Seattle’s median condo price came in at $304,000 in May, a one month increase of 13.4% assisted by increased sales volume. Compared to last May, however, the citywide median price slipped 5.0%, though the margin has narrowed considerably.
There were 260 units that went under contract last month, up 17.6% over April but down 0.8% compared to May 2008. Much has been mentioned lately that the year-over-year stats are skewed due to a classification change that increased the number of listings under the “pending” status category, therefore, making year-over-year comparisons inaccurate. And, that’s true.
Last June, the NWMLS eliminated the “subject-to-inspection” classification and merged it into a new “pending inspection” category. Prior to July 2008, properties under contract were classed as “subject-to-inspection” first, then after the inspection was completed, changed to “pending”. Since then, properties going under contract are classed as “pending inspection”, thus, increasing the number of properties categorized as “pending” in the NWMLS statistics. That said, though, there’s technically no difference. Whether a property is classified today as “pending inspection” or last year as “subject-to-inspection” the fact remains that an offer was placed and a contract was mutually accepted on the property. In any case, in another month, the issue will resolve itself.
The 141 closed sales in May reflected a one-month increase of 35.6% and a year-over-year drop of 35.3%. The number of closed sales relative to the number of pending properties in the prior month have been widening. Typically, properties close about 30 days after going under contract, therefore, we expect that the number of closings in the current month to closely match the number of pendings in the prior month. In May, the number of closings was approximately 64% of the number of pendings in April. Two factors may be contributing to this gap. First, lenders have been swamped with refi’s, which have resulted in longer approval time frames for purchase loans. We’ve seen lenders take up to 40-45 days to approve a run-of-the-mill purchase loan. Second, the number of short sale transactions have risen considerably and they can take anywhere from 2 to 4 months to close. Plus, quite a few are never approved and fail to close.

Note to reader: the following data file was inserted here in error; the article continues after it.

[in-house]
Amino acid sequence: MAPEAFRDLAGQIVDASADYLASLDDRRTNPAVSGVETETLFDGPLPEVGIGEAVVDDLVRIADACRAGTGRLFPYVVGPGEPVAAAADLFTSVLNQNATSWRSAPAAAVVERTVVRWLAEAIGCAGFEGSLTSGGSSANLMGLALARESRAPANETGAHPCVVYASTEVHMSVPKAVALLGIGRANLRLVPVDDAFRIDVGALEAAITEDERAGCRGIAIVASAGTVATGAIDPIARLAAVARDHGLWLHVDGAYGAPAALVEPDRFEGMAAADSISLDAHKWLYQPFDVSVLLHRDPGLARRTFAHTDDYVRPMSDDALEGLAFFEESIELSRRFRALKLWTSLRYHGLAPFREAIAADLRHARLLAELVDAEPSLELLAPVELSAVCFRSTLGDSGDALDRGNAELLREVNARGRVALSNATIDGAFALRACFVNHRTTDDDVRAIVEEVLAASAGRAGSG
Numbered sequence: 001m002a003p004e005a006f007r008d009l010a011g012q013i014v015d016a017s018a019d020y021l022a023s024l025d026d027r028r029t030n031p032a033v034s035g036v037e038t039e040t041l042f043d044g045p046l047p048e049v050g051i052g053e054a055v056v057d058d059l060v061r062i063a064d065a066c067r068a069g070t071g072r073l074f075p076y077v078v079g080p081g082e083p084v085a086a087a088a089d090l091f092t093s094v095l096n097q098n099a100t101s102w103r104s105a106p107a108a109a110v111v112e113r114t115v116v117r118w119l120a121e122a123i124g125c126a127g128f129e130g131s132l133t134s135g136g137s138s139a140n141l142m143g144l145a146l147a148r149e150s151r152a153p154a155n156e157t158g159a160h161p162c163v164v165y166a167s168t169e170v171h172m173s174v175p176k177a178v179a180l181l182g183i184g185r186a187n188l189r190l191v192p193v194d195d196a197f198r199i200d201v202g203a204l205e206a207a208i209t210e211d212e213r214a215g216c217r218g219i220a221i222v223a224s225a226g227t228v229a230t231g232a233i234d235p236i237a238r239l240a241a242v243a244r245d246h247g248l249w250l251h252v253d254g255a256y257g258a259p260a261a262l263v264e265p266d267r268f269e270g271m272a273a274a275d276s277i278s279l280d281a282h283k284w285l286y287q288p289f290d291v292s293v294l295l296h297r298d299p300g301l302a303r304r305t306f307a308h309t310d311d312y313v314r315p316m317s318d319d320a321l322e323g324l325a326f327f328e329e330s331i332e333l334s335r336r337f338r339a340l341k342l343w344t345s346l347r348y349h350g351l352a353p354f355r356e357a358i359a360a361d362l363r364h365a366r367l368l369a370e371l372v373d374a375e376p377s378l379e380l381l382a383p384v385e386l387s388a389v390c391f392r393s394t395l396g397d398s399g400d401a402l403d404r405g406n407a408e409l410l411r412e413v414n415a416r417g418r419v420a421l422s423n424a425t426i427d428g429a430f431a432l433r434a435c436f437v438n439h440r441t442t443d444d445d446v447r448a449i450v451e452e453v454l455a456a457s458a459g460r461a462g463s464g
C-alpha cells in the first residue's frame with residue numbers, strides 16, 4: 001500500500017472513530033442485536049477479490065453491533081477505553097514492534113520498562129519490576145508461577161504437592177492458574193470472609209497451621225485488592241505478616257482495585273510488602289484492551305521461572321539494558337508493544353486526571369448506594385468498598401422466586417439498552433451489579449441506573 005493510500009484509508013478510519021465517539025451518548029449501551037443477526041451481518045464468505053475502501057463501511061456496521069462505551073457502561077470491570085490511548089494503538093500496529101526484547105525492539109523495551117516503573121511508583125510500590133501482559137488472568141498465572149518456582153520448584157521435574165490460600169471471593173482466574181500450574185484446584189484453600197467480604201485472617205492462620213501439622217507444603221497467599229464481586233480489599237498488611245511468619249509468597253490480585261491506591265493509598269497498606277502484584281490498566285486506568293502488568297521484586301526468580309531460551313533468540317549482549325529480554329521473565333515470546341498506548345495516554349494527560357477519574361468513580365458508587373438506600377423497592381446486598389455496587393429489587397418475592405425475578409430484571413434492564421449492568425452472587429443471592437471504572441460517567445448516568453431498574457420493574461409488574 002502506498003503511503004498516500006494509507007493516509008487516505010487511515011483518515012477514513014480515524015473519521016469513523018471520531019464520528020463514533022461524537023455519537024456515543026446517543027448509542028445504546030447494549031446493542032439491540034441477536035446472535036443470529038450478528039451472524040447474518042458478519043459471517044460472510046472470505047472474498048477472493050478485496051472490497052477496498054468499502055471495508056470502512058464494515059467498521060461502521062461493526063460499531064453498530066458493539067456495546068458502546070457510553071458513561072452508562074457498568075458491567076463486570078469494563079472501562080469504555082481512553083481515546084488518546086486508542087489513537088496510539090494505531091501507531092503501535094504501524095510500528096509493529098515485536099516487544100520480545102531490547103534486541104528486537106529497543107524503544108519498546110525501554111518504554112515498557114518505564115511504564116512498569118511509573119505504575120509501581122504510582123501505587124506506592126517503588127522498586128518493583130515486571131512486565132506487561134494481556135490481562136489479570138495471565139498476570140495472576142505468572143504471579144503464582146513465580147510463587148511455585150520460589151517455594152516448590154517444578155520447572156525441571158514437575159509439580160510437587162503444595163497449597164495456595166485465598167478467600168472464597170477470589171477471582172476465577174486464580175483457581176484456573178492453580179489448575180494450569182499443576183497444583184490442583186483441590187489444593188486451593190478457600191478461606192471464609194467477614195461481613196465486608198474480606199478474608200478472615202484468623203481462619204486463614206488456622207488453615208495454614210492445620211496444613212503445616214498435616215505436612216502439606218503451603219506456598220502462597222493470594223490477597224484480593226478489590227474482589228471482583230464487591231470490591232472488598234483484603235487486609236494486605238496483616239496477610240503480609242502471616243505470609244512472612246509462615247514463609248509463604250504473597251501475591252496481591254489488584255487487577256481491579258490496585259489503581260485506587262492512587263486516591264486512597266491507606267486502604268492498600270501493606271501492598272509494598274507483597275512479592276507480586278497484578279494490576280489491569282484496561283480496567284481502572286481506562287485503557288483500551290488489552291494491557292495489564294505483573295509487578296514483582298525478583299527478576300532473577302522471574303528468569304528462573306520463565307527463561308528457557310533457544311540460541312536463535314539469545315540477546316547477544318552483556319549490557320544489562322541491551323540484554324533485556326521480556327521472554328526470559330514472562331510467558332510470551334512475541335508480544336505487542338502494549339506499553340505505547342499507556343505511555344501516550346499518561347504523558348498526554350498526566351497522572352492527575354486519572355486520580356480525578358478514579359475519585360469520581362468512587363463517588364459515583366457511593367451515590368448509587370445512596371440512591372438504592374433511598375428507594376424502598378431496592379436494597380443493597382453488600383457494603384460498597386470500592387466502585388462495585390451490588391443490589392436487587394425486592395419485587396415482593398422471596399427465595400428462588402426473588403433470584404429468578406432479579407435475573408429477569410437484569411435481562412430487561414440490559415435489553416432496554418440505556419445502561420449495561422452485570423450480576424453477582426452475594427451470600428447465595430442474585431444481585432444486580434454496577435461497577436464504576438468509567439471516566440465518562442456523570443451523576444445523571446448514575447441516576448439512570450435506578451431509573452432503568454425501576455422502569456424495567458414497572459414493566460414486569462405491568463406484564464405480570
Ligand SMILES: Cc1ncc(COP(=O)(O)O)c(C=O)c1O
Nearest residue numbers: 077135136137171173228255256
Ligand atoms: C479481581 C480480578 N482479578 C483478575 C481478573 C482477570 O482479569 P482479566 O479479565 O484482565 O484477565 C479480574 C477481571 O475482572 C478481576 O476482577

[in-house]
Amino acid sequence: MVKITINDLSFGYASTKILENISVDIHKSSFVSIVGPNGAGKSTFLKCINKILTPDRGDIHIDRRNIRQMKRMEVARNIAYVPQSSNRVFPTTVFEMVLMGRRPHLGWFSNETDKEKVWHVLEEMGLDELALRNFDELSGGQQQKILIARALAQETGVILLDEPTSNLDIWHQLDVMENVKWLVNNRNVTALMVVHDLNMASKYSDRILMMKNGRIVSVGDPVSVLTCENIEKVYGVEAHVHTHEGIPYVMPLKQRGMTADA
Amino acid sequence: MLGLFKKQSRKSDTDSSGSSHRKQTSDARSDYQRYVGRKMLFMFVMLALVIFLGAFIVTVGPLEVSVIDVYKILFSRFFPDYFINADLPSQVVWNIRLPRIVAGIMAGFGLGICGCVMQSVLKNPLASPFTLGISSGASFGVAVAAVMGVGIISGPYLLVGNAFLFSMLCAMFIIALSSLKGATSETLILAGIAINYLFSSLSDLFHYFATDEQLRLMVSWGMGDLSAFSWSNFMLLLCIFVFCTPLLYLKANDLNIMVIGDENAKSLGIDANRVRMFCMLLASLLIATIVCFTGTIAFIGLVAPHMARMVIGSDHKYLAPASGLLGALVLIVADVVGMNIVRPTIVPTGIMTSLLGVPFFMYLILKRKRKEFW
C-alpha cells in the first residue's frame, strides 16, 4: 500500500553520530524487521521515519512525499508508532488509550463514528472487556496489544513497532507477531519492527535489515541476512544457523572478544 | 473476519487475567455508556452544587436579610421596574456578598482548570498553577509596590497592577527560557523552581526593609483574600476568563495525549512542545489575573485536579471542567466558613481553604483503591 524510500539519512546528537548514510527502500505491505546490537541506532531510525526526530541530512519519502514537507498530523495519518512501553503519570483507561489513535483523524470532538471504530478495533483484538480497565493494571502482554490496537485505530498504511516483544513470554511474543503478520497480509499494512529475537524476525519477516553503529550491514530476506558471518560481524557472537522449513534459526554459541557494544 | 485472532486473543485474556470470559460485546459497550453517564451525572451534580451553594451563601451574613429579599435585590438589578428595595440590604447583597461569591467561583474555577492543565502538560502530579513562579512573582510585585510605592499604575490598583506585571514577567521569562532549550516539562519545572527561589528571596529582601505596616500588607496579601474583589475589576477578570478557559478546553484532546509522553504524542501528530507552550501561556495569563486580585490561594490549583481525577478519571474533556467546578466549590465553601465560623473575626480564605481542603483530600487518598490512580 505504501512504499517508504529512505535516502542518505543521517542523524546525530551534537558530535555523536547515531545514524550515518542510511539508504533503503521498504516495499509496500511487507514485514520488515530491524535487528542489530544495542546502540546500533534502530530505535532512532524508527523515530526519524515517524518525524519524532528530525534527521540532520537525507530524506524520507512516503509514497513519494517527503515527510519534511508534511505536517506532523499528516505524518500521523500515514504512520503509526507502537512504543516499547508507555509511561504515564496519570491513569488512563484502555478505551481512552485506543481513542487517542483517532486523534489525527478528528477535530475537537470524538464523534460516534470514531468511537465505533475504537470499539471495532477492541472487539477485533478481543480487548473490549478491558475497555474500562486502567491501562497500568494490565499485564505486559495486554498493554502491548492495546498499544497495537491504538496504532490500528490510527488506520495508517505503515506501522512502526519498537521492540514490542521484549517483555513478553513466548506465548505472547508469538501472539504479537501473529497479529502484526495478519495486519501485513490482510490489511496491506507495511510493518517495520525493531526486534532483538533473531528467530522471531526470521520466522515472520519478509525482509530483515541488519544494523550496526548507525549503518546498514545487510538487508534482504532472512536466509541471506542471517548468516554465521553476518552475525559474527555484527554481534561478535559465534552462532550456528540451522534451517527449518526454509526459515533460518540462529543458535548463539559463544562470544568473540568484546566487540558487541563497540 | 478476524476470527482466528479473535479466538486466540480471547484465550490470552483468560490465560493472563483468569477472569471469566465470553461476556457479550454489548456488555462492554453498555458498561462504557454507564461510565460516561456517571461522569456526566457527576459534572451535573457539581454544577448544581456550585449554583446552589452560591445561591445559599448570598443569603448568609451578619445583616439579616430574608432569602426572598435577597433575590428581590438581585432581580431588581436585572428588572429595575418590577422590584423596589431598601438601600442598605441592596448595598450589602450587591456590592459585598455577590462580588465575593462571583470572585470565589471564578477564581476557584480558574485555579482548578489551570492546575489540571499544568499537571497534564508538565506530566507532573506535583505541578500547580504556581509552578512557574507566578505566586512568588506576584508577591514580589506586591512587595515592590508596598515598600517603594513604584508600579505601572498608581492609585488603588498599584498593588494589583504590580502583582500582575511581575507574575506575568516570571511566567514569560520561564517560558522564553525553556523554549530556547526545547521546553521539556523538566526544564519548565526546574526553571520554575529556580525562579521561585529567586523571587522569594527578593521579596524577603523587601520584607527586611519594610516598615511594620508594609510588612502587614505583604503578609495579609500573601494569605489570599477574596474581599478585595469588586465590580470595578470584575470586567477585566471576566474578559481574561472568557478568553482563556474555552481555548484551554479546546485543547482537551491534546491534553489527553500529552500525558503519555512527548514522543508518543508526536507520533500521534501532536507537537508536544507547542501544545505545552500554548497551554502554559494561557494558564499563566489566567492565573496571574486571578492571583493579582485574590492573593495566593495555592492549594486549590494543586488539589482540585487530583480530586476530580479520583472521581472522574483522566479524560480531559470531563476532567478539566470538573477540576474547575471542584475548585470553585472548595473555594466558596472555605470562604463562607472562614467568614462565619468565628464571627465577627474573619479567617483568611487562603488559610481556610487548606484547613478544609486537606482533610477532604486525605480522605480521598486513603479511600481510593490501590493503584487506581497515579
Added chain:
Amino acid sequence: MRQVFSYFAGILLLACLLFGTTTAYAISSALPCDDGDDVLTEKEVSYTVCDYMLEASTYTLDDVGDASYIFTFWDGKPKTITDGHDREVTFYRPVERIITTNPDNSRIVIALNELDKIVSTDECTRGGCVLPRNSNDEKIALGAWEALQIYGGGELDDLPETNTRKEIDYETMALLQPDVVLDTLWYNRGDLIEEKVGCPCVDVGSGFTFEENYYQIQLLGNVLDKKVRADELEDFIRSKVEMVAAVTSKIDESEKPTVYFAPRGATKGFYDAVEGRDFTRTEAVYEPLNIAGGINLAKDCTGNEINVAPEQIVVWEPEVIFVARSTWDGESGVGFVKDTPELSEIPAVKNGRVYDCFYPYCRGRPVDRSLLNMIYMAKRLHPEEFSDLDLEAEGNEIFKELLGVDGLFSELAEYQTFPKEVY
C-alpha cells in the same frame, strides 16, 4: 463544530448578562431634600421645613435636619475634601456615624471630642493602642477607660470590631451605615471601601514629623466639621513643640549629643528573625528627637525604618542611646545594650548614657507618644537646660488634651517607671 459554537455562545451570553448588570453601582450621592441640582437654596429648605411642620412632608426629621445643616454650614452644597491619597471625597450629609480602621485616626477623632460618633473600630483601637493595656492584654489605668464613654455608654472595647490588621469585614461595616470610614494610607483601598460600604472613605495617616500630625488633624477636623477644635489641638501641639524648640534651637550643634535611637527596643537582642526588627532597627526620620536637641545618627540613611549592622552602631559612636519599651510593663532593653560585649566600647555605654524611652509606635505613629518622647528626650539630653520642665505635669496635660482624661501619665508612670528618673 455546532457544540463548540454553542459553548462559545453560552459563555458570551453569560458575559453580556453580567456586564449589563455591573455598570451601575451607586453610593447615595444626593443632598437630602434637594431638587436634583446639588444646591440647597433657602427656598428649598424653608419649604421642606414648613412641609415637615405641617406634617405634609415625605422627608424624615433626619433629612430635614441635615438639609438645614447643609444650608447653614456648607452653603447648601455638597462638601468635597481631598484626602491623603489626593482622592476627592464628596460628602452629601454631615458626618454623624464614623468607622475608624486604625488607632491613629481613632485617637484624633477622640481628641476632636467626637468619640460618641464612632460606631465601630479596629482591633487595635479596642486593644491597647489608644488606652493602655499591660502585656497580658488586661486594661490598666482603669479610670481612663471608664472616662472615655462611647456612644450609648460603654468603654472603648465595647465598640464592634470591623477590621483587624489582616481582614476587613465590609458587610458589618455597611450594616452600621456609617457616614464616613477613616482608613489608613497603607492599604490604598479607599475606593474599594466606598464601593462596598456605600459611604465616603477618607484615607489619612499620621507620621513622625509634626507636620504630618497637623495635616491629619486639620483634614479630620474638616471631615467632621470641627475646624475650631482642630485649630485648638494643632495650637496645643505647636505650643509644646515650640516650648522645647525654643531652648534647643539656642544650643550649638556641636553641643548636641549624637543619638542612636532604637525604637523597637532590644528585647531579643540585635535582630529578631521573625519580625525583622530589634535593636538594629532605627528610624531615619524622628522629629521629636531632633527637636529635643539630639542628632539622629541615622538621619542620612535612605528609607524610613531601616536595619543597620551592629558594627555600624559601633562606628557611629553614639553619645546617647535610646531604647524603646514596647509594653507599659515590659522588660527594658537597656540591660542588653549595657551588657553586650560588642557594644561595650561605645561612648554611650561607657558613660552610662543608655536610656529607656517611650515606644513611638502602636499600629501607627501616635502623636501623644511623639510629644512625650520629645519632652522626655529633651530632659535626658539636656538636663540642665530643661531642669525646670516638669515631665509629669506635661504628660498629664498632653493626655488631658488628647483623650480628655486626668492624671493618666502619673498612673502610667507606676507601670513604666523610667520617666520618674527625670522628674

There were 1,378 active listings in May, up just 1.1% over April and down 17.1% compared to May of last year. With the number of listings plateauing combined with increasing sales volume, the citywide condo inventory supply rate, also known as absorption rate, improved in May to 5.3 months, the lowest level since November 2007. What this means is that if there are no new listings it will take 5.3 months to exhaust the current supply. We use this rate to classify market conditions; at 5.3 months of supply, Seattle is reflecting a normal-to-buyer’s market conditions. As mentioned last month, market conditions vary by price points and locale. Under $300,000 we’re moving towards a seller’s market while for those priced over $500,000, predominately in the downtown area, we’re entrenched in a buyer’s market.
The recent bump in mortgage rates may affect sales since an increase in rate will decrease buying power. That can persuade some buyers from buying. However, while we may not see interest rates fall below 4%, it’s still quite low comparatively.
For first-time buyers, if you’re considering taking advantage of the $8,000 tax credit, the November 30th deadline is approaching. One item to keep in mind, though, is that with the Thanksgiving holiday weekend and King County’s furlough day on the November 25th, home buyers will essentially need to close on their purchase by Tuesday, November 24th. That leaves about 4.5 months to get under contract.